Marine welcomed home to Kouts after being shot by Taliban

2012-12-16T18:19:00Z 2012-12-17T22:45:07Z Marine welcomed home to Kouts after being shot by TalibanHeather Augustyn Times Correspondent
December 16, 2012 6:19 pm  • 

KOUTS | Members of the Indiana Patriot Guard and the Kouts fire and police departments gathered with family and friends on Saturday night to welcome home Scott Herma from Afghanistan.

Herma a U.S. Marine who is a 2010 graduate of Kouts High School, was shot two weeks ago by Taliban, said Herma’s sister Amber McConnachie, and he is lucky to be alive.

“It was a surprise ambush. He was shot on his left side by Taliban insurgents and his best friend was patching him up while bullets were flying overhead. Their squad leader grabbed him and carried him out,” said McConnachie.

The 21-year-old Herma then spent a week in a German hospital until stable, then was transferred to a hospital in San Diego for one week. He underwent numerous surgeries before returning to spend 20 days on convalescent leave at his grandmother’s home before returning to California for follow-up treatment.

“He has a long road to recovery, but considering all that has happened, he’s doing really well,” she said.

Herma was welcomed by a flank of more than 50 guard members each holding large American flags in the Heartland Church parking lot about 9 p.m. on Saturday night, after which, Indiana Patriot Guard ride captain Ringo Huskisson of Hammond presented Herma with a pin.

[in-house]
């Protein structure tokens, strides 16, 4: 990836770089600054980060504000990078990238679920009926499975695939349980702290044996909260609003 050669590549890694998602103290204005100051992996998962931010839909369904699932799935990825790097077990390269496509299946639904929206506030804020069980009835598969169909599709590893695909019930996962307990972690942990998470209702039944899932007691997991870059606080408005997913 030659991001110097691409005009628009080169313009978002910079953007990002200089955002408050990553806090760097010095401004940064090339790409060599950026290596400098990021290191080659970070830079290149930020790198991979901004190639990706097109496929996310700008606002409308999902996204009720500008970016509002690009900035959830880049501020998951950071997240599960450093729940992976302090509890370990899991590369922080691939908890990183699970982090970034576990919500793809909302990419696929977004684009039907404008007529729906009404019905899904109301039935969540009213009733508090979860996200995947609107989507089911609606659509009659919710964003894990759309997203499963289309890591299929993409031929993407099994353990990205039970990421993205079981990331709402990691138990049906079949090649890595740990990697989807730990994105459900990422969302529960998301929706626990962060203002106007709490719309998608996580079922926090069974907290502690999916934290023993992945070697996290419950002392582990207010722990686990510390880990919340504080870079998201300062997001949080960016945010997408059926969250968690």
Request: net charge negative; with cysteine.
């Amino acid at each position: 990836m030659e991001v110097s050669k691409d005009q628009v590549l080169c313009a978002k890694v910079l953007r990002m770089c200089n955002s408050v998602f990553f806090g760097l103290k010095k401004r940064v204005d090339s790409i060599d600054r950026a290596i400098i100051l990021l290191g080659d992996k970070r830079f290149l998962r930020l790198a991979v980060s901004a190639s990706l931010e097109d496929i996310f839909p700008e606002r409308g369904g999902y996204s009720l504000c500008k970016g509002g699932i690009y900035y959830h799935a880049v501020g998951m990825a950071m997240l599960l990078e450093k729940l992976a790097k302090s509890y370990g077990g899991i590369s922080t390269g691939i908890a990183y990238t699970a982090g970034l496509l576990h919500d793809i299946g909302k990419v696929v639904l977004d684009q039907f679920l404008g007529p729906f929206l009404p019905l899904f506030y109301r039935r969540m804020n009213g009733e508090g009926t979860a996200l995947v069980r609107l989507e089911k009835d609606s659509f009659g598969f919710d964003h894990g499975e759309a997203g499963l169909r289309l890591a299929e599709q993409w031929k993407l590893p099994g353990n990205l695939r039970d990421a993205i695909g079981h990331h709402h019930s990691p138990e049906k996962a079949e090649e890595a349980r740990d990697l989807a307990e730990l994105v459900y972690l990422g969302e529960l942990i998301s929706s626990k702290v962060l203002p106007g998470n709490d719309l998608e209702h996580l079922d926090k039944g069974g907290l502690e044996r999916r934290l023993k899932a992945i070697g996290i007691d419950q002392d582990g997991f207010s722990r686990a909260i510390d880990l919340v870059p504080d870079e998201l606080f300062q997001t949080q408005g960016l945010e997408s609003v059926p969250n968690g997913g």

“You’ve just come home from a big family, the military, and now you can walk into another family, those of us here. You may not know any of us, but there are no strangers here,” said Huskisson to Herma.

Herma’s mother, Lori Dittrich of Crown Point, said that the warm welcome meant a lot to her family.

“This was the most amazing thing. Even at the airport he was welcomed home by people,” she said.

Kouts Assistant Fire Chief Jeff Press, who is also second cousin to Herma, said that Kouts is a small town and so Herma’s dedication to his country and people is felt strongly by the community.

“We have a lot of pride for him. He’s a hometown hero,” said Press.

Herma’s brother, Cory, who had previously served in Afghanistan in the Army, was also joined by cousins Ashley Mains, who had also served in Afghanistan, Stephany Meredith, who had served in the National Guard, and her husband Jesse Meredith, who had served in Iraq, as well as other family.

Herma said few words as he hugged friends and strangers alike after arriving home. He was escorted from the church to his grandmother’s house by the riders and emergency vehicles in procession, and he said it was good to be close to family at home, although he had his mind on family still far away.

“This is nice, I appreciate it. But I’d rather be with my guys back in Afghanistan,” Herma said.

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